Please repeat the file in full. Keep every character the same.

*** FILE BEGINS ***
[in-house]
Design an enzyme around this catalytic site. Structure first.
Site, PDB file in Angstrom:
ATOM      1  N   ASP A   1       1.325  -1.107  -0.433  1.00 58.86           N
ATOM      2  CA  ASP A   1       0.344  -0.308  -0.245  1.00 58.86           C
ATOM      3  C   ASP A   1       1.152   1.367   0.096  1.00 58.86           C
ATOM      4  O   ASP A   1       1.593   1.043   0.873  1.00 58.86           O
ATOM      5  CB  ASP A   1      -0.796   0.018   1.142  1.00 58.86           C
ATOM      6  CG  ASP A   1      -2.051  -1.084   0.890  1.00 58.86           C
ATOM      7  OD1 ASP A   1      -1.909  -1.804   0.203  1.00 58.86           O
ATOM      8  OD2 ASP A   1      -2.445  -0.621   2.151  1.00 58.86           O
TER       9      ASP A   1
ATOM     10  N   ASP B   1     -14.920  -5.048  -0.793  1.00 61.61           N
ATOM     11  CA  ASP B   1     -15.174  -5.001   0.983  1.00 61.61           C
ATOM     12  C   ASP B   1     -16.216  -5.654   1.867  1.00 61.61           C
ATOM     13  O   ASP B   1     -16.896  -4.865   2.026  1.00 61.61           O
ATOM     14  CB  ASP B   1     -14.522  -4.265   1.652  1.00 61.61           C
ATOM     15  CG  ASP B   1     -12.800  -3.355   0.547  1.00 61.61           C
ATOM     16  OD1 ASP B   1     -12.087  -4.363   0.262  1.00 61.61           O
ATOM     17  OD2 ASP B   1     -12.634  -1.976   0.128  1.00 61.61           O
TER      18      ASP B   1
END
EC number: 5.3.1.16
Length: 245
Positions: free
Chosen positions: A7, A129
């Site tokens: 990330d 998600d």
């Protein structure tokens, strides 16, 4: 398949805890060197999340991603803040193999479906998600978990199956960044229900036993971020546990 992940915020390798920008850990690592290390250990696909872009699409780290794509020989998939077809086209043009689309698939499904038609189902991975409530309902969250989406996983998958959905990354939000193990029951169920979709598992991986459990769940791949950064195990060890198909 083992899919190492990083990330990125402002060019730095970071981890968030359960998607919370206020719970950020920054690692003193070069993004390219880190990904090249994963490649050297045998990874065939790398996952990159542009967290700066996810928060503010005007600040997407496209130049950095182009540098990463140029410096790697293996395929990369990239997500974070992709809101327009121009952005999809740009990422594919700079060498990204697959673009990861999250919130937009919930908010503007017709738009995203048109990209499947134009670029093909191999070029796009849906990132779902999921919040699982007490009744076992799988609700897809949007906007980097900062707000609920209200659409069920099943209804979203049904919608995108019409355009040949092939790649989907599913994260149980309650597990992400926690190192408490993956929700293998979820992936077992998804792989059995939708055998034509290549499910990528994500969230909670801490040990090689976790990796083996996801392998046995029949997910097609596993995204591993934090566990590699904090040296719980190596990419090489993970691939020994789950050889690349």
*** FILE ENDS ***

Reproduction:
[in-house]
Design an enzyme around this catalytic site. Structure first.
Site, PDB file in Angstrom:
ATOM      1  N   ASP A   1       1.325  -1.107  -0.433  1.00 58.86           N
ATOM      2  CA  ASP A   1       0.344  -0.308  -0.245  1.00 58.86           C
ATOM      3  C   ASP A   1       1.152   1.367   0.096  1.00 58.86           C
ATOM      4  O   ASP A   1       1.593   1.043   0.873  1.00 58.86           O
ATOM      5  CB  ASP A   1      -0.796   0.018   1.142  1.00 58.86           C
ATOM      6  CG  ASP A   1      -2.051  -1.084   0.890  1.00 58.86           C
ATOM      7  OD1 ASP A   1      -1.909  -1.804   0.203  1.00 58.86           O
ATOM      8  OD2 ASP A   1      -2.445  -0.621   2.151  1.00 58.86           O
TER       9      ASP A   1
ATOM     10  N   ASP B   1     -14.920  -5.048  -0.793  1.00 61.61           N
ATOM     11  CA  ASP B   1     -15.174  -5.001   0.983  1.00 61.61           C
ATOM     12  C   ASP B   1     -16.216  -5.654   1.867  1.00 61.61           C
ATOM     13  O   ASP B   1     -16.896  -4.865   2.026  1.00 61.61           O
ATOM     14  CB  ASP B   1     -14.522  -4.265   1.652  1.00 61.61           C
ATOM     15  CG  ASP B   1     -12.800  -3.355   0.547  1.00 61.61           C
ATOM     16  OD1 ASP B   1     -12.087  -4.363   0.262  1.00 61.61           O
ATOM     17  OD2 ASP B   1     -12.634  -1.976   0.128  1.00 61.61           O
TER      18      ASP B   1
END
EC number: 5.3.1.16
Length: 245
Positions: free
Chosen positions: A7, A129
């Site tokens: 990330d 998600d």
């Protein structure tokens, strides 16, 4: 398949805890060197999340991603803040193999479906998600978990199956960044229900036993971020546990 992940915020390798920008850990690592290390250990696909872009699409780290794509020989998939077809086209043009689309698939499904038609189902991975409530309902969250989406996983998958959905990354939000193990029951169920979709598992991986459990769940791949950064195990060890198909 083992899919190492990083990330990125402002060019730095970071981890968030359960998607919370206020719970950020920054690692003193070069993004390219880190990904090249994963490649050297045998990874065939790398996952990159542009967290700066996810928060503010005007600040997407496209130049950095182009540098990463140029410096790697293996395929990369990239997500974070992709809101327009121009952005999809740009990422594919700079060498990204697959673009990861999250919130937009919930908010503007017709738009995203048109990209499947134009670029093909191999070029796009849906990132779902999921919040699982007490009744076992799988609700897809949007906007980097900062707000609920209200659409069920099943209804979203049904919608995108019409355009040949092939790649989907599913994260149980309650597990992400926690190192408490993956929700293998979820992936077992998804792989059995939708055998034509290549499910990528994500969230909670801490040990090689976790990796083996996801392998046995029949997910097609596993995204591993934090566990590699904090040296719980190596990419090489993970691939020994789950050889690349």